College Football Playoff to expand to 12 teams early 2024


A crowd and slew of committee meetings over a potential expansion of the college football game found its way to a milestone Friday, when the 11-member Board of Directors overseeing the event unanimously agreed to expand a long debate for playoff periods 4 to 12 later. From the 2026 season.

The council, made up of 11 university presidents or chancellors from among the top 10 conferences plus Notre Dame, voted in a virtual meeting on Friday. I preferred a model of a four-round playoff featuring the six highest-rated Conference Champions by the College Football Selection Committee, and then the six top teams with the highest ratings other than the Conference Champions.

This method will eliminate the annual selection process for some painful omissions, including the Power Five singles conference winners who missed a four-team playoff, and the so-called Group Five under the Power Five. , whose top teams struggled for playoff places with unbeaten records often hampered by weaker schedules.

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“Great day,” Mike Aresco, commissioner for one of the Group of Five tournaments, the American Athletic Conference, wrote in a text message, noting that “12 teams, 6-6 is the model we wanted. It gives us access if we win it.”

Under the four-team concept over eight seasons, the ACC has lost completely only once (in 2021), once in the Big Ten twice, Big 12 four times, and Pac-12 six times out of eight. The SEC made it to all eight playoffs, including twice with two teams.

The new format is set to begin in 2026, once the current 12-year contract expires, but it allows another committee, the College Football Management Committee, to explore expansion for either the 2024 or 2025 seasons. This committee is made up of the 10 conference delegates as well as Notre Dame sporting director Jacques Swarbrick.

According to the model released by the Board of Directors, the four highest-ranked conference champions will bid farewell to the first round. That will lead to eight first-round matches at campus locations in December, with the top seed hosted in each game. The quarter-finals and semi-finals will take place at the locations of the famous bowling games, which bear those names, while the final will take place at a selected neutral location, as is now happening with the team of four.

“This is a historic and exciting day for college football,” Mark Keenum, Mississippi State President and Chairman of the Board of Directors, said in a statement.

It came 15 months after a four-man panel recommended a 12-team playoff along the lines of Friday, eight months after three commissioners voiced concerns about expansion at the time and seven months after an 8-3 vote to leave the team. stop concept. Even in January amid stalemate and frustration over the stalemate, commissioners George Klyavkov of the Pac-12 and Jim Phillips of the ACC publicly believed that an agreement would come. Klyavkov emphasized that decision makers have time. Phillips said, “In the year 13 [2026]We’ll have a deal, I’m sure.”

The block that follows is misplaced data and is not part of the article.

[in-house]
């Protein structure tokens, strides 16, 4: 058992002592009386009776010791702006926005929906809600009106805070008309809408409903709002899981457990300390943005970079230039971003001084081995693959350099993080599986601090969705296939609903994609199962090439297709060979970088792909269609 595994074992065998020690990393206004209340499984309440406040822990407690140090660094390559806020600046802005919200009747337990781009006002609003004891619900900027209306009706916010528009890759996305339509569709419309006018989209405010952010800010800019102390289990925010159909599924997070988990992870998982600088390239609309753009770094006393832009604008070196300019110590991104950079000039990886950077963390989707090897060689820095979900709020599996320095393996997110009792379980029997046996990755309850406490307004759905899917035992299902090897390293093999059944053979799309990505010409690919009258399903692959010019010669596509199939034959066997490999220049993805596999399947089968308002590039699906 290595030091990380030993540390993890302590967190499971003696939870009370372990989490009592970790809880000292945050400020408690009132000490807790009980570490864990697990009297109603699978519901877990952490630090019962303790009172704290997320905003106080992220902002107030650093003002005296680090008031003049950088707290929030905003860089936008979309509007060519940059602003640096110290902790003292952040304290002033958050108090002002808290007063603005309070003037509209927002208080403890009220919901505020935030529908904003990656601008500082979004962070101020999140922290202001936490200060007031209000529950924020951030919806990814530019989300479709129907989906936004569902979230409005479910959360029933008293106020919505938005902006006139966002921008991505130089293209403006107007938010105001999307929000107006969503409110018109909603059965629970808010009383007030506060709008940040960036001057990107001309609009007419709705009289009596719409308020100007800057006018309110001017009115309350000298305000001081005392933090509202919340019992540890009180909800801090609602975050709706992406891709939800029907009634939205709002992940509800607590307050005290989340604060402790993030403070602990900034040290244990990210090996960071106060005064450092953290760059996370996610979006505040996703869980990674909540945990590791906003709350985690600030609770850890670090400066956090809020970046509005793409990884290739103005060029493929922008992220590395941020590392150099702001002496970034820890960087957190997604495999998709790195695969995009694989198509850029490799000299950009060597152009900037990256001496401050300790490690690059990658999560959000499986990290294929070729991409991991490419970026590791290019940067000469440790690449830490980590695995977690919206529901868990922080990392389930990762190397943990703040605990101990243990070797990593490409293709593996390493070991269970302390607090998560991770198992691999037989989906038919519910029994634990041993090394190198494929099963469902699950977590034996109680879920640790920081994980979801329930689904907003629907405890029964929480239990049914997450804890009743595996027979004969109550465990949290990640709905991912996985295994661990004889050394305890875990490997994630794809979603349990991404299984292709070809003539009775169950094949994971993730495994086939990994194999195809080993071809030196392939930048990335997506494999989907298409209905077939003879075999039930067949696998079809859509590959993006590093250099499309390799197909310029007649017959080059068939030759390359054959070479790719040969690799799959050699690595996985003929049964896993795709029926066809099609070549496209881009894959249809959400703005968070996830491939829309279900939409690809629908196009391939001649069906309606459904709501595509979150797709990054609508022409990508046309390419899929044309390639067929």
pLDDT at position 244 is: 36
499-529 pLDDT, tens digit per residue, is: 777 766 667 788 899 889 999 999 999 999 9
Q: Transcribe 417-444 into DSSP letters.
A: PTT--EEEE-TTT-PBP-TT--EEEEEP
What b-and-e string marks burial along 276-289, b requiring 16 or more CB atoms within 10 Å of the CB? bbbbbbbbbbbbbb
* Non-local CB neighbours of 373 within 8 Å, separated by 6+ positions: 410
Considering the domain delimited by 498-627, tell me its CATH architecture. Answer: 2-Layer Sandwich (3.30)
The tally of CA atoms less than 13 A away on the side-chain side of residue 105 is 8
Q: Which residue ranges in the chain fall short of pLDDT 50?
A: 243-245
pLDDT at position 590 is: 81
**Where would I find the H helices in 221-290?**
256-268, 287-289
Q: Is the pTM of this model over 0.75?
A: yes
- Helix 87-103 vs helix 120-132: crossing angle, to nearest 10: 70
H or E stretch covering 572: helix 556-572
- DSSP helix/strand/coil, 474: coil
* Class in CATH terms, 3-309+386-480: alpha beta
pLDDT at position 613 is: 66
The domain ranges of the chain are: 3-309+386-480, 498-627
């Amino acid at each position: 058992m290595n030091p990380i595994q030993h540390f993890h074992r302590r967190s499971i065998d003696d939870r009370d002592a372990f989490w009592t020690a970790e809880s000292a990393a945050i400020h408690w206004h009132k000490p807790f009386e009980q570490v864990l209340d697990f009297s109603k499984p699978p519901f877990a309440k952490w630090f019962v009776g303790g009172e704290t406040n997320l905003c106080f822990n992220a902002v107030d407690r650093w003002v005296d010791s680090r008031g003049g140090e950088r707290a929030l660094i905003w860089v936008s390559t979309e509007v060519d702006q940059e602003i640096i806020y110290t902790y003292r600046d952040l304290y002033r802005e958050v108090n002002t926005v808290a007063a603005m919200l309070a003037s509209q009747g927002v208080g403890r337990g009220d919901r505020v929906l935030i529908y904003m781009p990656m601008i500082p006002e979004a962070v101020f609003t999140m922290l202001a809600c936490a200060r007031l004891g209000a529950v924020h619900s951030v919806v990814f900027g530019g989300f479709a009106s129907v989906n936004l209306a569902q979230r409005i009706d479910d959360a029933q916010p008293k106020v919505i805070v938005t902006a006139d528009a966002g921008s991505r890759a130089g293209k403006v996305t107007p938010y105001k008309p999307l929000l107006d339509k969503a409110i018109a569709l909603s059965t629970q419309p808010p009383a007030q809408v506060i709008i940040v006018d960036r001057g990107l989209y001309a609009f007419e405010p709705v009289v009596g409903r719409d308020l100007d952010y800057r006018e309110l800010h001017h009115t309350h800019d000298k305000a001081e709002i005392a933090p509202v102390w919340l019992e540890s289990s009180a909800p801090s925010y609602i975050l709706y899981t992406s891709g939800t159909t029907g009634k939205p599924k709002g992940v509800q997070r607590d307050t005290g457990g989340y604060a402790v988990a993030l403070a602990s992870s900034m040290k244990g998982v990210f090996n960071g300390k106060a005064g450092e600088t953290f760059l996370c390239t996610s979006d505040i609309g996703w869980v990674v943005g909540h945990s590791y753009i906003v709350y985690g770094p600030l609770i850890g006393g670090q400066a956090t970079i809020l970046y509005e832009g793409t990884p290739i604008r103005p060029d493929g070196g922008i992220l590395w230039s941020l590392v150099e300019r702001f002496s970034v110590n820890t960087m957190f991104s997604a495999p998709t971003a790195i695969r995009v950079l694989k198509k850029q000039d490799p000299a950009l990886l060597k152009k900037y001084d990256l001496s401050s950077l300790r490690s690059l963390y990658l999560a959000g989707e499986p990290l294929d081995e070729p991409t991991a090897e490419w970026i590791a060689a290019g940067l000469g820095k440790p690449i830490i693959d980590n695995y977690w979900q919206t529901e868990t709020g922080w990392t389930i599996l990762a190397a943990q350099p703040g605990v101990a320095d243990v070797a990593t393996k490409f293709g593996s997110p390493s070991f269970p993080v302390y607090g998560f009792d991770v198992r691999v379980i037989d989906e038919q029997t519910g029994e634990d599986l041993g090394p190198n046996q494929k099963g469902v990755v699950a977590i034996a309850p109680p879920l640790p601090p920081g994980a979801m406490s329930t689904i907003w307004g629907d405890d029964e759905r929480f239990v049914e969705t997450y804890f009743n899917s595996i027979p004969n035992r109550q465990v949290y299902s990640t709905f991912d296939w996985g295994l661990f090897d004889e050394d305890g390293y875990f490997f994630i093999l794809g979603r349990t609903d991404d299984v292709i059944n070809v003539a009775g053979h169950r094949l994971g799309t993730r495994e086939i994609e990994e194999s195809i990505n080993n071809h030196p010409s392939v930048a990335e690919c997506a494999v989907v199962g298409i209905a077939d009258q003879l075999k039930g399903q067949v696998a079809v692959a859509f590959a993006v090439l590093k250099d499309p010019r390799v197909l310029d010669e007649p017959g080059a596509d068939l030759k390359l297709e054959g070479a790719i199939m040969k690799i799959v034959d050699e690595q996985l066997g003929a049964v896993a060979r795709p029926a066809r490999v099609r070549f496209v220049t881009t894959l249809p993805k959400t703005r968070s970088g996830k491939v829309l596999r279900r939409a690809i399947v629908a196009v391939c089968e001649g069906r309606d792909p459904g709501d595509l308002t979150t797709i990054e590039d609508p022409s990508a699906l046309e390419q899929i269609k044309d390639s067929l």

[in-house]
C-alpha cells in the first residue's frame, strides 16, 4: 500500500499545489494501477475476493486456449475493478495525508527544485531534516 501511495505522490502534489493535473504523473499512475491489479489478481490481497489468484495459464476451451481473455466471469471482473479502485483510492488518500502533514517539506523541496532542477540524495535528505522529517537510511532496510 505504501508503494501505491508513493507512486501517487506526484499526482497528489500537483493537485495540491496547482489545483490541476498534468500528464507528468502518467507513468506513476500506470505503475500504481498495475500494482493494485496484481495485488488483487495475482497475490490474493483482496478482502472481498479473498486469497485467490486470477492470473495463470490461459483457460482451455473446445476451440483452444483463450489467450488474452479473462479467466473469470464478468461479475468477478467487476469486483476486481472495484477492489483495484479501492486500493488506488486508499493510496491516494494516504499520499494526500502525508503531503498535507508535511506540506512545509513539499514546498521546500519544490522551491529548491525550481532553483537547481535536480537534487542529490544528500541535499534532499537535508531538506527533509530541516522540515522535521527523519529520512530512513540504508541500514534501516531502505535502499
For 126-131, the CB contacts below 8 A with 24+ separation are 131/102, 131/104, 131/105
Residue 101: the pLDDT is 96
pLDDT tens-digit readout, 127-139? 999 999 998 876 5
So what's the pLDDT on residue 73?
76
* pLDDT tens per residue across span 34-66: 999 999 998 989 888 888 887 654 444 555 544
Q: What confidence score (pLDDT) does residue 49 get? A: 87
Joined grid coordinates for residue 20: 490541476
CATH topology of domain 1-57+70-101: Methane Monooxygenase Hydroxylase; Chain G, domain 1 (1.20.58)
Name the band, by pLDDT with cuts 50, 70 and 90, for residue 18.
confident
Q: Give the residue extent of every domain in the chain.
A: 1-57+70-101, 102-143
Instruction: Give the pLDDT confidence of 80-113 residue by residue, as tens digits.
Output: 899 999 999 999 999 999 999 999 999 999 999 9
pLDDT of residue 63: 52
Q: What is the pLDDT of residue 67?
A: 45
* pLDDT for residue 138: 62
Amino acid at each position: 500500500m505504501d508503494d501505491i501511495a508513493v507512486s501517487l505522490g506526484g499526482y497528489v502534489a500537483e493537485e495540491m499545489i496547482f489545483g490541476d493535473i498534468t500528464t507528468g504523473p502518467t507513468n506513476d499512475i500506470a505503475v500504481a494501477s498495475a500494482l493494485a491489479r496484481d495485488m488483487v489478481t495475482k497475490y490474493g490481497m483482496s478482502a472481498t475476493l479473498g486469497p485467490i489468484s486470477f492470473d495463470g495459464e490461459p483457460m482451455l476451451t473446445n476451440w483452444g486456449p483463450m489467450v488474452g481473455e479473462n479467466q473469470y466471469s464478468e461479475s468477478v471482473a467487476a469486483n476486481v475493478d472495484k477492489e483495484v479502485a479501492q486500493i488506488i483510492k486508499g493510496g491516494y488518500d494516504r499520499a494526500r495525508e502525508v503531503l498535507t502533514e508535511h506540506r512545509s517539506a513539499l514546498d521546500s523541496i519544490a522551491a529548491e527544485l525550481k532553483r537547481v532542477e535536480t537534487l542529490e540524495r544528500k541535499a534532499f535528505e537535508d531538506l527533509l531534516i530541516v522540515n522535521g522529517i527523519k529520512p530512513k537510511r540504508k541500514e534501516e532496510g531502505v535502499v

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They joined Commissioner Kevin Warren of the Big Ten in opposing the green light, and their reasons varied. The ACC found the timing frantic amid other changes in the sport such as the NIL, the transfer portal, and the rewrite of the NCAA constitution in January. The Pac-12 was concerned about retaining the Rose Bowl’s reputation in any setting. The Big Ten wanted a way in which all conference champions would automatically qualify, even if they suffered a number of losses that would normally not qualify for the four-team playoffs, and that never presented a team with more than one loss.

The idea of ​​expanding the chatter matches was born roughly 15 minutes ago — or maybe 14 — after the current system was introduced in 2014, when the long-running champion selection system finally moved from a single championship game to the four-team category. The expansion began in June 2021, when the four-person working group called for a 12-team modality of six Conference Champions and six big teams. The four men, who studied the possibilities sporadically for two years, were Bob Paulsby, the Big 12 commissioner; Greg Sankey, then and now commissioner of the Securities and Exchange Commission; Craig Thompson, Mountain West Commissioner then and now; and Swarbrick of Notre Dame. It included none of the three conferences that would have rejected the following winter’s meetings, and released its ideas publicly, perhaps to the ire of some.

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Throughout, the Pac-12 has stated that it prefers all six models weighed this past winter. By Friday, it announced that it “strongly supports the expansion of CFP” as it provided “increased reach and excitement” and looked forward to “working with our conference colleagues to finalize important elements of the expanded CFP in order to launch it as soon as possible.”

The ACC stated that it “was clear from the start that it supported the expansion” and called the Board of Directors’ decision “welcome” while saying: “Our cooperation over the past six months will serve us well as we address the important details of the premier college football event.”

The Big Ten, ACC, and Pac-12 announced a coalition of common interests in August 2021, but by June 2022, the Big Ten had poached Southern California and UCLA from Pac-12 to bring its membership to 16 schools from coast to coast as reorganization continued in the Identify teams that may represent conferences.

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